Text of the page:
Tuesday, March 31, 2020

A Bantua Update (Mostly)

Hello everyone, before we get into this post, I would like to start off by saying that I hope you are all doing well despite the craziness going on in the world right now, and that you're all staying home as much as possible, practicing social distancing, and effectively helping to prevent the spread of this COVID-19 pandemic.
These are strange, scary times, and my heart goes out to all of those who have been affected by this virus, physically, economically, and emotionally. My deepest condolences to those who have lost loved ones to this disease. This is the worst pandemic to happen in my lifetime, one of the most devastating events in the world's recent history, and as an at risk individual myself, the thought of getting infected is very, very terrifying. I hope that we can all get through this dark moment in history, my thoughts are with you all, stay strong.

Thankfully, despite the fact that the world seems to be falling apart, my roaches are all still doing fine. I sold around 20 of my Bantua sp. "Namibia" nymphs this month, and still have around 30 nymphs left. Some of the nymphs from this recent wave of births are nearly half grown, and I'm looking forward to the next wave of babies here in the next month. ☺

Interestingly, I've noted that for the first couple of instars, nymphs seem to lack any sort of waxy coating on their exoskeletons, it's only around the molt to L3/L4 that they seem to start developing that substance.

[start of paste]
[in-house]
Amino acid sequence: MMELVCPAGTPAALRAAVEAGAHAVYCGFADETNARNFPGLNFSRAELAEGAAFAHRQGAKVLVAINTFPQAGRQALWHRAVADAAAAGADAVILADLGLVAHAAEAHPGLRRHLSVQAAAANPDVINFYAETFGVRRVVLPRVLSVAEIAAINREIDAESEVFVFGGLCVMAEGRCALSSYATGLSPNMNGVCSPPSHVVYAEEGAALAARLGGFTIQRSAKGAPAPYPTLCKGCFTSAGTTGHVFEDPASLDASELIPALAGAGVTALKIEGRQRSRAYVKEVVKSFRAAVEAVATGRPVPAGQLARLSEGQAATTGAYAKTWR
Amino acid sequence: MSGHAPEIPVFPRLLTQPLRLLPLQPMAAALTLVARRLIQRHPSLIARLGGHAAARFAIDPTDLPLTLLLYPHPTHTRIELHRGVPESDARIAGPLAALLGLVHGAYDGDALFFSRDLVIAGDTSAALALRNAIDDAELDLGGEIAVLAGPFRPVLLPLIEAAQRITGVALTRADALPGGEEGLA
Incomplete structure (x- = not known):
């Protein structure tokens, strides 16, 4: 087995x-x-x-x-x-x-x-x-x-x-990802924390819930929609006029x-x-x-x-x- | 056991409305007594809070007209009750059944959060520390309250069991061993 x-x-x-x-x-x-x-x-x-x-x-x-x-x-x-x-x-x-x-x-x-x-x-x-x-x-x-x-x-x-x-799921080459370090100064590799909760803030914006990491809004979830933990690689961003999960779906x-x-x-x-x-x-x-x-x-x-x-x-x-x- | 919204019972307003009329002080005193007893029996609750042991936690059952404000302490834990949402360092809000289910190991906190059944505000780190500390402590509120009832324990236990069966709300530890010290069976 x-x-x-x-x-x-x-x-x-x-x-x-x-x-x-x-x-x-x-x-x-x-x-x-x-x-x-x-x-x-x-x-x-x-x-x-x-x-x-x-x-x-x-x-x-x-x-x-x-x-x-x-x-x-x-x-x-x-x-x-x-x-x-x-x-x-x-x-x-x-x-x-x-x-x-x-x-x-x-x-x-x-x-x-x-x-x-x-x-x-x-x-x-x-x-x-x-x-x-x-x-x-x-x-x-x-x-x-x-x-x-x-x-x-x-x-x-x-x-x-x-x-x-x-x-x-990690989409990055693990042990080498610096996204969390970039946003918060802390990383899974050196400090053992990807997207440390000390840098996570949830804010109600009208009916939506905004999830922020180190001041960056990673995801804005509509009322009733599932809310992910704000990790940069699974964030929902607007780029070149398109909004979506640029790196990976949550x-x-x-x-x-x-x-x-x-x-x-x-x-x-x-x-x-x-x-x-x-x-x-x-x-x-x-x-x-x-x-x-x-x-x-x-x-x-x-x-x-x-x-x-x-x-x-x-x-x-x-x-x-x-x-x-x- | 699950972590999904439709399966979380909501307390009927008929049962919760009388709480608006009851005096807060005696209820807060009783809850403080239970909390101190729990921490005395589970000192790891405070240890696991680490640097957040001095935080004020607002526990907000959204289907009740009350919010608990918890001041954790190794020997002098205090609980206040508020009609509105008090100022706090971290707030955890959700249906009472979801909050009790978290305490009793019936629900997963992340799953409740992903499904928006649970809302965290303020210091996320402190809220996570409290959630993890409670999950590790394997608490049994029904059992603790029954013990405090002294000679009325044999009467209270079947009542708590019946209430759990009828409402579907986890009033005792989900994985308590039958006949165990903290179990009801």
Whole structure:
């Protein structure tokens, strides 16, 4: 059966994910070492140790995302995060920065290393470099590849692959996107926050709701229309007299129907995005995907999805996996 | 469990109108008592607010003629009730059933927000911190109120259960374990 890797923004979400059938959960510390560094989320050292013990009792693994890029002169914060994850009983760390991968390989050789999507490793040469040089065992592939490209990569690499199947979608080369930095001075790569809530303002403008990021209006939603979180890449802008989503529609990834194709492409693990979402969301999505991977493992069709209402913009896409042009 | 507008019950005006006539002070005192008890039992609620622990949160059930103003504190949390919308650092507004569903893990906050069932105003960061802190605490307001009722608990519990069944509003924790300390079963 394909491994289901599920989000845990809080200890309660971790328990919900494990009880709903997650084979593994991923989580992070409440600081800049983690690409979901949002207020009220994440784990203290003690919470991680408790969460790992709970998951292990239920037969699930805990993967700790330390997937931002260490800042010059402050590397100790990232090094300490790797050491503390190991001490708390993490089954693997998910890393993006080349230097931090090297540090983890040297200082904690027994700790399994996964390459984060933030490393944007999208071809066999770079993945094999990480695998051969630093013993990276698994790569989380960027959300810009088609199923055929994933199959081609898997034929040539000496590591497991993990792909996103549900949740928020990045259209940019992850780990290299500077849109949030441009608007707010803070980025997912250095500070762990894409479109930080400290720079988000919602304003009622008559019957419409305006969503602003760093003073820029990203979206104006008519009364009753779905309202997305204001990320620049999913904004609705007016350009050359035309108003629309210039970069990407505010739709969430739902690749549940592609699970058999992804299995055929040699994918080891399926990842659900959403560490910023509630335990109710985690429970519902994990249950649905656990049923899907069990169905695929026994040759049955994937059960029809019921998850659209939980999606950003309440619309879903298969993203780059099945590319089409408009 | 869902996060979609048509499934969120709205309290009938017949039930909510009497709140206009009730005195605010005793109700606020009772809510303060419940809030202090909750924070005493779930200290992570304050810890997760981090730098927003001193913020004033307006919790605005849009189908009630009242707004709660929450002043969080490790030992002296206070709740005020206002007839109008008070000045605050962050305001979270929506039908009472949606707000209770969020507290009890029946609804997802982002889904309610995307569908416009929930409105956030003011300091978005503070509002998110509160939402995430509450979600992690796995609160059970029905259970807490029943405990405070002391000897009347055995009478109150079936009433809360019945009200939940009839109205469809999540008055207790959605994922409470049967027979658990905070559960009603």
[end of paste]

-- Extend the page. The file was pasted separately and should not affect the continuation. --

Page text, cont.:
Also, they are really chowing down on the artificial pollen now, much more than before, and are also making noticeable dents in the chick feed too. It seems nymphs are more protein hungry than adults, which prefer the fruits.

Anyways, I nabbed some pictures of the nymphs and some adults recently, including some nice shots of my biggest female with a couple of males! 😁

L3-L4 nymph

L2 nymph, (note no waxy coating)

Adult female

Adult female and two adult males

Adult males
Weirdly, I found two nymphs in my colony with weird deformities, I'm not sure if they're genetic or just due to molting problems... I've never seen roaches with these types of deformities, it almost looks like the hemolymph filled "bubbles" you'll sometimes see in Tenebrionid beetles, (which can be fatal). 

I've isolated these two to their own enclosure and will monitor their development, if these deformities were simply molt related and the roaches return to normal after a few molts, I'll reintroduce them to the colony. If not, I'll assume the deformities are due to genetic flukes and euthanize them, (I wish my tarantula would eat them, but she doesn't appear to be hungry, just weirdly aggressive).

Weird right? Just in case these deformities are due to molting difficulties, which I'm assuming would be due to space competition and/or bullying from other nymphs, I'll probably be adding more vertical bark to their enclosure soon, for them to hide in between and molt from.

Also, one random update, that Opatroides punctulatus adult I had is no longer with us... That is to say, I threw some Apsena into it's enclosure, which I had collected for a friend, and when I went to dump all that substrate into the shipping deli cup a few days later, I could not find the Opatroides after a minute of searching the substrate... So I gave up. 😛 I'm sure he's living it up with the Apsena in their new home, it was a dead end of a breeding project for me anyways, seeing as I'm pretty positive I did get unlucky with it being a male. Thought I'd let you all know!

Anyways, I think that's gonna do it for today's post, I hope everyone enjoyed, stay safe, stay distanced, and I'll see you all in the next post! 😉

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